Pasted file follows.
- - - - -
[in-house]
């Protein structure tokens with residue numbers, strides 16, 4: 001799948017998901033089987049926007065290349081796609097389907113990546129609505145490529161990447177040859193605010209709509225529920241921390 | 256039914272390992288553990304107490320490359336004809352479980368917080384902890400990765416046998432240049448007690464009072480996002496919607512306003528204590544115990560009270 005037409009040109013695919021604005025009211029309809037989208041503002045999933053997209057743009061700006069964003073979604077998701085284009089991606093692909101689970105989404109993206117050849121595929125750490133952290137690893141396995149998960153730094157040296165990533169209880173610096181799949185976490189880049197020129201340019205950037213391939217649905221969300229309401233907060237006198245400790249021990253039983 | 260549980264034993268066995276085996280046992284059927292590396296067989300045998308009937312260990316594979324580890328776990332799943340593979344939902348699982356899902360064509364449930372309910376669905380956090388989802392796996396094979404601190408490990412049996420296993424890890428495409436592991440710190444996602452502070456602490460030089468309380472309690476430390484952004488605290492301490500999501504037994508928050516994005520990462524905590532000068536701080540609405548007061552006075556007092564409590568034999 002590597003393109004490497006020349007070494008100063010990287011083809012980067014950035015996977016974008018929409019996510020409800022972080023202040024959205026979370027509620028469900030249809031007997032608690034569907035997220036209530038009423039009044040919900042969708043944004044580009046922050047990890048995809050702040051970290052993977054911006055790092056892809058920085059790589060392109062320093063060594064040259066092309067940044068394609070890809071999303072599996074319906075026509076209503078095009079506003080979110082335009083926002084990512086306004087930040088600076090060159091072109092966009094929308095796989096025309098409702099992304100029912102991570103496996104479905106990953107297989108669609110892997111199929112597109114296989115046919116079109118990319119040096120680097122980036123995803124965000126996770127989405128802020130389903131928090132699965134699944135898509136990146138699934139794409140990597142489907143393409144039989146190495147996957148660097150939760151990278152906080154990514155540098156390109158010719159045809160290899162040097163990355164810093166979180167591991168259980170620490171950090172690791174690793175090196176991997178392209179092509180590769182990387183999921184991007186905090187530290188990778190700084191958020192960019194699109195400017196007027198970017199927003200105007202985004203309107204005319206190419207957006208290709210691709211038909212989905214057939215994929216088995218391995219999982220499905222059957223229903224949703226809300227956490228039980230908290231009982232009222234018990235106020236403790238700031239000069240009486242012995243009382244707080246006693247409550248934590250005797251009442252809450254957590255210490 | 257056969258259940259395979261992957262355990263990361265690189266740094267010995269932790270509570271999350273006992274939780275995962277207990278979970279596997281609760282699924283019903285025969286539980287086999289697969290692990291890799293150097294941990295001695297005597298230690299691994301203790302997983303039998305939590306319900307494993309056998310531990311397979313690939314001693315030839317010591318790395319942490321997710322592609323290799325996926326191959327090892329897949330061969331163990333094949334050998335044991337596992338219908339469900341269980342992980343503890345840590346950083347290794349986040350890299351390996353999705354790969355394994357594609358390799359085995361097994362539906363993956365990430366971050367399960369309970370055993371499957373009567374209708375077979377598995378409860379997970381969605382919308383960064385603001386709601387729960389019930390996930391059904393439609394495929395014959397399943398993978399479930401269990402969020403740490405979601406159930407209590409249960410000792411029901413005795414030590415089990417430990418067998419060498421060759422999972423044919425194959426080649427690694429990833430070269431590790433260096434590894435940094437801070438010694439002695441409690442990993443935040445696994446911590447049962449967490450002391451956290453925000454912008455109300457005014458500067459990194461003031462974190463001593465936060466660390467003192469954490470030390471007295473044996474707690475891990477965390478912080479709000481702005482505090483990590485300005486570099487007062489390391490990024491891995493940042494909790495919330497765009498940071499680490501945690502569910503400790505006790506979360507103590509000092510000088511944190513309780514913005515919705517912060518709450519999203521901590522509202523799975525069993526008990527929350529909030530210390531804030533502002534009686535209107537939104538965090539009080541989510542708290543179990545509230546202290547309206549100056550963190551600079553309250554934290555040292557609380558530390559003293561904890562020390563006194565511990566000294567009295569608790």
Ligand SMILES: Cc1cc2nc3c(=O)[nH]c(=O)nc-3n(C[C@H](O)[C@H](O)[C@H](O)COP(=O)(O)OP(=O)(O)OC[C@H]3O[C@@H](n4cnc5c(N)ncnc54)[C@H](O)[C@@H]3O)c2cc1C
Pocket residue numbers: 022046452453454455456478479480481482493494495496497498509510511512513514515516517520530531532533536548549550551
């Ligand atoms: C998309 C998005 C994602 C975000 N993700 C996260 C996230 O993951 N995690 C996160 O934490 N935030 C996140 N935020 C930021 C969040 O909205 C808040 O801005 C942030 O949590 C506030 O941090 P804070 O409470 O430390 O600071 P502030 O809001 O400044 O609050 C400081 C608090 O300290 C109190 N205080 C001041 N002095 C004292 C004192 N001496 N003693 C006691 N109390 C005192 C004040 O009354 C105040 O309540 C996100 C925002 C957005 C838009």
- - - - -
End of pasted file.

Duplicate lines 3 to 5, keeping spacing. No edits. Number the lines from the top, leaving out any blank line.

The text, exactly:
Ligand SMILES: Cc1cc2nc3c(=O)[nH]c(=O)nc-3n(C[C@H](O)[C@H](O)[C@H](O)COP(=O)(O)OP(=O)(O)OC[C@H]3O[C@@H](n4cnc5c(N)ncnc54)[C@H](O)[C@@H]3O)c2cc1C
Pocket residue numbers: 022046452453454455456478479480481482493494495496497498509510511512513514515516517520530531532533536548549550551
């Ligand atoms: C998309 C998005 C994602 C975000 N993700 C996260 C996230 O993951 N995690 C996160 O934490 N935030 C996140 N935020 C930021 C969040 O909205 C808040 O801005 C942030 O949590 C506030 O941090 P804070 O409470 O430390 O600071 P502030 O809001 O400044 O609050 C400081 C608090 O300290 C109190 N205080 C001041 N002095 C004292 C004192 N001496 N003693 C006691 N109390 C005192 C004040 O009354 C105040 O309540 C996100 C925002 C957005 C838009």